A Computer Scientist Makes the Case for Speculative Fiction

“PREDICTION IS VERY difficult, especially if it’s about the future,” said Physics Nobel Laureate Niels Bohr. Bohr was presumably talking about the vagaries of quantum mechanical subatomic life, but the statement holds true at other scales too. Predicting the future is tough, and any good scientist knows enough to hedge his or her bets. That’s what error bars are all about. It’s why science usually proceeds methodically: hypotheses are formulated, experiments conducted, observations collated, and data evaluated. Almost by definition, science is intolerant of fanciful speculation — and especially so in the current climate, when external funding from almost all sources requires that pure research have near-term applications. An acutely myopic memo issued by the White House on August 17 of this year states that “agencies should give priority to funding basic and early-stage applied research that, supplemented by private sector financing of later-stage R&D, can result in the development of transformative commercial products and services.” In short, the aspiring scientist had better be able to argue for a short path from dreams to deliverables.

Unfortunately, just when scientists are being encouraged to narrow their sights to the next bankable application, we as a society most desperately need true visionaries — and not, mind you, self-branded futurists — willing to peer far over the scientific horizon. As it turns out, history itself suggests we turn not to scientists but to artists, especially novelists and filmmakers. Unimpeded by error bars and immune to the stakes that motivate futurists, they may be our best guides to the science-inflected possibilities of the future, precisely because they have the freedom to chart a possible future that many a bench scientist can’t or won’t. Physicist Leo Szilard, credited by some as the father of the atomic bomb, once wrote to an industrialist friend that when it came to predictions about the applications of new understandings of the atom, “[T]he forecast of the writers may prove to be more accurate than the forecast of the scientists. The physicists have conclusive arguments as to why we cannot create at present new sources of energy for industrial purposes; I am not so sure whether they do not miss the point.”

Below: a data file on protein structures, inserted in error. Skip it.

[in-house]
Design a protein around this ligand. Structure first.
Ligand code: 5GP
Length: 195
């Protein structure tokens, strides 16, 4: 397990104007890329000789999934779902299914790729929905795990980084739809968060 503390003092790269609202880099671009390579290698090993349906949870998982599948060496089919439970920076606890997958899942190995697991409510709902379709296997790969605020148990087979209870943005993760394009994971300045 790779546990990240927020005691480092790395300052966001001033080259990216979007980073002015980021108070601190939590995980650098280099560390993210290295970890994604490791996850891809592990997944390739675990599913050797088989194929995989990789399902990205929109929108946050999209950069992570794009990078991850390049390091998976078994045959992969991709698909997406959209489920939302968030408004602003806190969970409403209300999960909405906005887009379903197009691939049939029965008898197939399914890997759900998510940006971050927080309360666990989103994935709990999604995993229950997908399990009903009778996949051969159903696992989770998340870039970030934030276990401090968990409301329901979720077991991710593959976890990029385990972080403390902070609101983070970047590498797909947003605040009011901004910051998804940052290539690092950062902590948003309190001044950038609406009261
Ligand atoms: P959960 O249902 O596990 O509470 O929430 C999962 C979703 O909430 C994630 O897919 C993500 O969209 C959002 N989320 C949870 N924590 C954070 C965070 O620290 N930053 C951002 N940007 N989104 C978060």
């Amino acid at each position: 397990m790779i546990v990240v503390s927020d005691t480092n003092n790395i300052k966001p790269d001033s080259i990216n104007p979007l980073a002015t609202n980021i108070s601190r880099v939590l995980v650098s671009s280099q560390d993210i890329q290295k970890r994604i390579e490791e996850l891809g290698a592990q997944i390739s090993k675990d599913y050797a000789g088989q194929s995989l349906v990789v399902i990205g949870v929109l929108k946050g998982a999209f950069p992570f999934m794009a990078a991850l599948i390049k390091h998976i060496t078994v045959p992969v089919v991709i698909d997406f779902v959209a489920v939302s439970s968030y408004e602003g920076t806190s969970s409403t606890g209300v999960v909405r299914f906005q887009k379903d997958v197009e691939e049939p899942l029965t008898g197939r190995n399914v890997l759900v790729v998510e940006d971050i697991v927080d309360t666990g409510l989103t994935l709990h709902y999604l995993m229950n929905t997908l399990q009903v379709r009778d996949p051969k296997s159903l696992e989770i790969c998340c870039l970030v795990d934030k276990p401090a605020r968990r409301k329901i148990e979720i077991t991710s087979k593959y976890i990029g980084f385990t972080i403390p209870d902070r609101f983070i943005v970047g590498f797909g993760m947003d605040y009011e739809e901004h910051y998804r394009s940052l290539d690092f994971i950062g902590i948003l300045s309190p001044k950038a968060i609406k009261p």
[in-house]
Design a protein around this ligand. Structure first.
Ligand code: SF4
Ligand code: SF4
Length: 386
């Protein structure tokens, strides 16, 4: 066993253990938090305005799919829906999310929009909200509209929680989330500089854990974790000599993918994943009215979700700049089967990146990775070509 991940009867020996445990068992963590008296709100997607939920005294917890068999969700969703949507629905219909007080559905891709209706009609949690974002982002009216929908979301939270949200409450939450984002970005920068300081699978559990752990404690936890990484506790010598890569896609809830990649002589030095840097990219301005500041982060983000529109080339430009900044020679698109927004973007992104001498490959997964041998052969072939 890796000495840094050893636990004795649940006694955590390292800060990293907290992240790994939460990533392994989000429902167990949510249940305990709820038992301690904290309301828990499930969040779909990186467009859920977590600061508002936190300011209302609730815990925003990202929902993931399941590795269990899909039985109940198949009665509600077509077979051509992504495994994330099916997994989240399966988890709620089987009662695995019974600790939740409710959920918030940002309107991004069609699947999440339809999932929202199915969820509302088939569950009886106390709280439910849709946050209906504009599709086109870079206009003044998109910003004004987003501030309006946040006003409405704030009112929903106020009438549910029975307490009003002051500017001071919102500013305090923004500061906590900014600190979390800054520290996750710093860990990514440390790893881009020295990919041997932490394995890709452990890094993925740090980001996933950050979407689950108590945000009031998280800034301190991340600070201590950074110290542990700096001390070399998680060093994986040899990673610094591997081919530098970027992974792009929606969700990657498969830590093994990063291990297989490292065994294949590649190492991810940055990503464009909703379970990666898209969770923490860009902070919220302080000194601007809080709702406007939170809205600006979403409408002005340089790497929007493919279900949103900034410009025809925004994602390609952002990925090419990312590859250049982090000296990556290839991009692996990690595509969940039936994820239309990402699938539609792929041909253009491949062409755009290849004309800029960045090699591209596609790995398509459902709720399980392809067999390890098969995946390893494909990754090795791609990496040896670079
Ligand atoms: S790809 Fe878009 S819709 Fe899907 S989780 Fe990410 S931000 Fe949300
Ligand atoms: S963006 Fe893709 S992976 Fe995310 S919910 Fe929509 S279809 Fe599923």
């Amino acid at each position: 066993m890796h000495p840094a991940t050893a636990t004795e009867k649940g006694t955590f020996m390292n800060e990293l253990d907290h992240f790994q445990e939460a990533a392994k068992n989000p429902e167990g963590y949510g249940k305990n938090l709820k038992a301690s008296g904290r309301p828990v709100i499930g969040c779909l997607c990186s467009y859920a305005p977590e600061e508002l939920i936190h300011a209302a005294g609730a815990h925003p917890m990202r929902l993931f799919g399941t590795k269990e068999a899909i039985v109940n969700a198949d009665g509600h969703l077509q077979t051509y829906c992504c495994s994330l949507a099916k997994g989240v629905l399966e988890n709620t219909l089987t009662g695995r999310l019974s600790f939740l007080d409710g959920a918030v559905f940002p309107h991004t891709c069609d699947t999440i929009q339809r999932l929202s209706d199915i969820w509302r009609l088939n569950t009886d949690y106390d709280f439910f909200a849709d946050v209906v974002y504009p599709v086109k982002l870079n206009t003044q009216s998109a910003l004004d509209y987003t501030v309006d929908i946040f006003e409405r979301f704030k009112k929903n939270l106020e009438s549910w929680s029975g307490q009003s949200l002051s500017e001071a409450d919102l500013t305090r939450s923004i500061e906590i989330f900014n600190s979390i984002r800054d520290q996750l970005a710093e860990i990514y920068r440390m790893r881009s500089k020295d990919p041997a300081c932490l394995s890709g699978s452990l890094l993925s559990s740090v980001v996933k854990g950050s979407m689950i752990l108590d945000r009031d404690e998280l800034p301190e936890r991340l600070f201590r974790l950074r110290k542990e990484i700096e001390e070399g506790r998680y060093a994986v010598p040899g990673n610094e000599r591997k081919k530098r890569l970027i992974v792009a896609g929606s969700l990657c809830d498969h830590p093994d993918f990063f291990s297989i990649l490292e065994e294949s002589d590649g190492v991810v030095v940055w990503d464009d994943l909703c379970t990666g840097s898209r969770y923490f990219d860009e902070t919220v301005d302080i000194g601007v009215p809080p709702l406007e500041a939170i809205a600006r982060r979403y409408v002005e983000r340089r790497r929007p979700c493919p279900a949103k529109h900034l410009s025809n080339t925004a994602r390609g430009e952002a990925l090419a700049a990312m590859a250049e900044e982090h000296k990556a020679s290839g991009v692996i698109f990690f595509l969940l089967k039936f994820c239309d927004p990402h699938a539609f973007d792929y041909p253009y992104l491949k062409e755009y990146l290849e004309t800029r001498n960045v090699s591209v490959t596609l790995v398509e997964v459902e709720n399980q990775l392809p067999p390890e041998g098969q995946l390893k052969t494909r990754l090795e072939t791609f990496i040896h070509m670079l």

Szilard had in mind H. G. Wells’s 1914 novel The World Set Free. Often cited as the earliest source for the idea of harnessing atomic energy for weapons development, it sensitized Szilard and educated Winston Churchill to the martial possibilities of the atom, helping spur Churchill’s initiation of a British A-bomb effort. Coupling whiz-bang adventure tale and popular science, it was a form of literature particularly well suited to turn-of-the-20th-century England, when exploration (and its dark twin: colonialism) and scientific achievement were broadly celebrated and communicated. In his fiction, Wells also foresaw television, the VCR, air warfare, and even genetic engineering. His prescience was among the reasons Churchill considered him a close advisor. More broadly, Wells’s literary talents introduced a generation and more to the implications of scientific achievement.

Today we call works like those of Wells “speculative fiction” or “near-future fiction.” Given the pervasiveness of technology in our daily lives, not to mention a general jittery uncertainty about the state of world, it’s hardly surprising that bookstores and theaters are again overflowing with creative work exploring the ramifications of our newest scientific and technological advances. Much of speculative fiction is dark, ironic, and satirical, situating worlds in an uncomfortable liminal space between the real and a dark near-real. The scariest of them feel the most probable given the world as it is. We’d be well served to pay attention to their hypothetical “what if” worlds.

Wells referred to writings like The World Set Free as “fantasias of possibility” in that each “takes some great creative tendency, or group of tendencies, and develops its possible consequences in the future.” His “creative tendencies” might be interpreted as technological innovations. Creative and scary magical realism — great stories, in other words — can happen when you mix those innovations with the tendency of groups to rapidly evolve new social norms.

Wells effectively asked both “Can we do this?” and “Should we do this?” He imagined a world with atomic weapons and, concomitantly, a global arms race and the economic, social, and political problems it might induce. As it turned out, Szilard also asked both these questions, helping to start the research that resulted in the atomic bomb while also taking on a pioneering role in advocating for nuclear disarmament. To be sure, the ethical and societal implications around the invention of “the bomb” paled with the realities of World War II, so perhaps no amount of inspiring literature could have — or should have — derailed its production. But works like Wells’s may very well have played a role in shaping Szilard’s thoughts — and the thoughts of others pondering its downstream societal effects.

As a computer science and mathematics professor, I had hypotheticals in mind when I last taught a class on machine learning at Dartmouth College. My students were a group of mathematically adept juniors and seniors, all of them standing a good chance of pursuing careers in “next-gen” data-driven technologies. The potential long-range societal effects of such creations are rarely — if ever — discussed before deployment, only post-hoc at best. Contemporary and even classic speculative fiction does in a sense frontload the discussion, which is why I thought to use this literature to sensitize my students.